Combating Dystopia.

Sunday, July 17, 2011

"Getting Over It"- On Racial Obliviousness and Other Ways to Segregate.

Those of you that confront consternation about racism with a pithy "get over it" remark from their armchairs present an interesting, if not a little complicated suggestion about America and race. To "get over ourselves" is problematic in that it actively involves first understanding the self in the first place. As it pertains to the socio-economic implications of race in American culture, we live in a society that considers race so important that every ethnicity/"race" other than Caucasian generally inserts a hyphenated disclaimers FIRST stating our racial background before our nationality. As a way of adding context to this truth; the only time I’ve just been called “an American” in my life was when I was wandering around Montreal having political conversations. It was an odd bit of culture shock at the moment, and one where I was suddenly reminded how important the status of “race” is in our culture.

Some have suggested (ignorantly) that in order to “get over” race, we should abolish the idea that its important….but hundreds of years of stratification and inequality have in fact been caused and perpetuated because of this socially constructed topic. Human lives have been lost and thought irrelevant because of our culture’s inaccurate considerations of race. In short, so many abhorrent acts if human cruelty has been visited upon people of African-American dissent …and so much of our lives has been dictated by a status our culture itself has dictated is THE most important aspect of who we are that it becomes a little insulting for people to suggest we “get over” being black because it suddenly makes things easier for everyone else.

I’m reminded of a conversation I was relayed by a good friend and neighbor before Heritage day this year. The friend overheard people we know at a party say , “Man, what is up with Black people and slavery? It happened over 200 years ago! Get over it!” The suggestion that these aspects of our history that are negative and have had real and lasting implications for an entire group of people based on (arbitrarily) their racial background seems to trouble those who grapple with how to process this experience you resent and consider “white guilt”. The irony? The next day we as a community were celebrating the history of an event that happened far far earlier. I’d be curious if he felt we should get over celebrating that (arguably white) heritage as well. So again the dominant culture gets to dictate what the minority culture considers relevant, when the dominant culture has previously gone out of its way to create and perpetuate these concepts of racial and ethnic difference in the first place.

What I find suspect is that a group of people who openly display that they are neither willing or interested in considering that the history of African-Americans is no different than the history of America in general, the group of people who suggest they “get over” blackness, slavery, jim crow and the like are often the very same people who are quick to remind us of our “otherness” of our hyphenated statuses. To bring this full circle, would you or anyone other than a Holocaust denier (who I hope we can all agree would be on the wrong side of History) suggest that someone who told a Holocaust survivor or his or her direct descendants to “get over” the Holocaust and forget the fact that an entire community or nation got together and decided they should be imprisoned, and or killed based on their ethnic or racial status? How then can you be so disconnected in this regard?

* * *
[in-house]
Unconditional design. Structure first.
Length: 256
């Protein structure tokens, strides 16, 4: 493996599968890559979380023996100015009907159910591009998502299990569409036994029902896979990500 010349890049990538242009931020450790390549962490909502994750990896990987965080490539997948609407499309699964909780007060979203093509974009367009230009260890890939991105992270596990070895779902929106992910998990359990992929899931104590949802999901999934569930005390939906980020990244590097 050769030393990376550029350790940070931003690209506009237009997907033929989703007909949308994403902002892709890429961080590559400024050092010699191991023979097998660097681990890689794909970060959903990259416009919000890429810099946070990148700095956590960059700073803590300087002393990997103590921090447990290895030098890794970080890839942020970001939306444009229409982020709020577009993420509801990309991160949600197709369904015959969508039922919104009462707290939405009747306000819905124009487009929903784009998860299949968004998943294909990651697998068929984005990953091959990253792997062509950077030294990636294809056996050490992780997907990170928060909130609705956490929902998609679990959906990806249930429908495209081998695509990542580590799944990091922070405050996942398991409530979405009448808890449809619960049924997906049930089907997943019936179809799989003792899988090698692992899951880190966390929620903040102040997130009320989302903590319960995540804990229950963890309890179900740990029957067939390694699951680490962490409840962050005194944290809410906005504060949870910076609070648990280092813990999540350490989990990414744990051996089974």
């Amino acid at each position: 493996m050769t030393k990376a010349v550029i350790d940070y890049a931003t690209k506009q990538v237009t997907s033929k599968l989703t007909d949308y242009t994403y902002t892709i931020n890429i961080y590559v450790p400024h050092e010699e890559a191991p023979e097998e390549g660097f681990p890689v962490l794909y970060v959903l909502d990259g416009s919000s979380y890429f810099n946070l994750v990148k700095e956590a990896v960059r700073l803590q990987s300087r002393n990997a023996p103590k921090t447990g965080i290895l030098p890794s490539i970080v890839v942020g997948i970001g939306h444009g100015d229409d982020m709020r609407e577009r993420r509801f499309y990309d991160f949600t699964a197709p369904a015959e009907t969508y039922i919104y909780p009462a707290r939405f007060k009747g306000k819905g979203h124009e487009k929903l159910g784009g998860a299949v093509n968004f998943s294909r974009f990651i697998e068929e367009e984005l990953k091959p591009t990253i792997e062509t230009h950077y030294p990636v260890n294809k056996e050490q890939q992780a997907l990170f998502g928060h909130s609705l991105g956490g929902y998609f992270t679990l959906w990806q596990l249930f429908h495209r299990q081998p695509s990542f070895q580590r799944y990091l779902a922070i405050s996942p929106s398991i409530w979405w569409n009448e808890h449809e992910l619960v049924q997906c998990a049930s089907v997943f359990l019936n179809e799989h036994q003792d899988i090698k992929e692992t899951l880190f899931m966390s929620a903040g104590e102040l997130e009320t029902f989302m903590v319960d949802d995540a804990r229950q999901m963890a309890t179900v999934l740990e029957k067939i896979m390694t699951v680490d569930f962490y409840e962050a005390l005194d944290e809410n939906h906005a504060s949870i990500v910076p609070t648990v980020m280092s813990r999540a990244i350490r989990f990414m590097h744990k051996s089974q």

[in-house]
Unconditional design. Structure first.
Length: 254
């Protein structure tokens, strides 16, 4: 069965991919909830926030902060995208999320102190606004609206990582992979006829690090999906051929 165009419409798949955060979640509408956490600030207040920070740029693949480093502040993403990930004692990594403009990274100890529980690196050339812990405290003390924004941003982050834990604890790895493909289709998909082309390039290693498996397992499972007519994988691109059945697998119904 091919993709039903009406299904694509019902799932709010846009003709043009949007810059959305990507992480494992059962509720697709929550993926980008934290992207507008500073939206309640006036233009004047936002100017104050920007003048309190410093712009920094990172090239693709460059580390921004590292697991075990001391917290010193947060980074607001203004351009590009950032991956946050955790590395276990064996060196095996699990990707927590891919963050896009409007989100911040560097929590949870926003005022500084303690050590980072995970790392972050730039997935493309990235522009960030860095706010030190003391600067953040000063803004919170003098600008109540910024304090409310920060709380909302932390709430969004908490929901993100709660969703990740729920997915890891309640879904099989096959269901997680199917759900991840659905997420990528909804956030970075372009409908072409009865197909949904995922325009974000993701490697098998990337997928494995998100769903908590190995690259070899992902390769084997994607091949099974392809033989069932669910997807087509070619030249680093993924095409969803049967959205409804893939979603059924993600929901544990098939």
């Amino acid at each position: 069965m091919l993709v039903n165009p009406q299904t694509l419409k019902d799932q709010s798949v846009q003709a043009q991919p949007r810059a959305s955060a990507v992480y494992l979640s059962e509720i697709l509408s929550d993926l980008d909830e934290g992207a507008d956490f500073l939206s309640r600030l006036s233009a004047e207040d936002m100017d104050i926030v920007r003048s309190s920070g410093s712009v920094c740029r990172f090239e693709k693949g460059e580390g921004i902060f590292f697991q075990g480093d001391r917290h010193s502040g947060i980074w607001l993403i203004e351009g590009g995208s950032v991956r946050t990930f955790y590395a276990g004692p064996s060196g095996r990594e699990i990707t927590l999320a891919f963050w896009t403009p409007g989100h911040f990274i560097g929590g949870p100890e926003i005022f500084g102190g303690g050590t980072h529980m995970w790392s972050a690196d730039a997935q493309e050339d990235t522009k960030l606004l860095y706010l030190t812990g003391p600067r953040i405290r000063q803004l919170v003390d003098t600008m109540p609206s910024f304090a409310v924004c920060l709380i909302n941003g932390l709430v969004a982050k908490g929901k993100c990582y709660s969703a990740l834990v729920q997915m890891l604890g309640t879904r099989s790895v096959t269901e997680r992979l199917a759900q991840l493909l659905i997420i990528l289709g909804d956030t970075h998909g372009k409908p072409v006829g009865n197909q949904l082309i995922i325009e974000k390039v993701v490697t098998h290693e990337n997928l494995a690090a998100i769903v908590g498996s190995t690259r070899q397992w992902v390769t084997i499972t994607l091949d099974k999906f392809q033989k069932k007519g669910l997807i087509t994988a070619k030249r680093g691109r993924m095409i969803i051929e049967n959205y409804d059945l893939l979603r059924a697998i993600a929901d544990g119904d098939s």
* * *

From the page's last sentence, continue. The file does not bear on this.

Its an interesting conundrum. If you ran a poll asking people belonging to an ethnic minority group if they would like to get beyond racism as an overall society, I bet you the lionshare would say yes without hesitation. What I see as the problem to what you suggest is that your “get over it” response doesn’t – like the overheard partygoer- come from a place of historical context or awareness. It comes from a place where you feel inconvenienced and annoyed for having to recognize the negative aspects of American racial history and the part dominant culture (the part more people than you come from, I remind) has played in that. That there’s a suggestion that you as an individual of a certain status haven’t had to (ever) consider the matter of how race impacts you fully due to your status. That’s a privilege. It’s a luxury. And one I rather envy.

I can count the number of times I’ve been reminded of my statuses as being a national outsider in my own nation. Again, it took going to Canada to be reminded I was “interesting for an American”. I would LOVE to be able to “get over race”, but first it would require that a bunch of people who seem so utterly disconnected about how much its shaped the recent past of American culture actually acknowledging that these differences our culture has created happened in the first place. Coming to terms with an issue with such a profoundly large social impact requires a lot more than just deciding to “get over it”. It requires examination and understanding, reflection and awareness. If our culture’s relationship with the issue of slavery has taught us anything- its that most people in the majority aren’t interested in doing that long enough to move forward.

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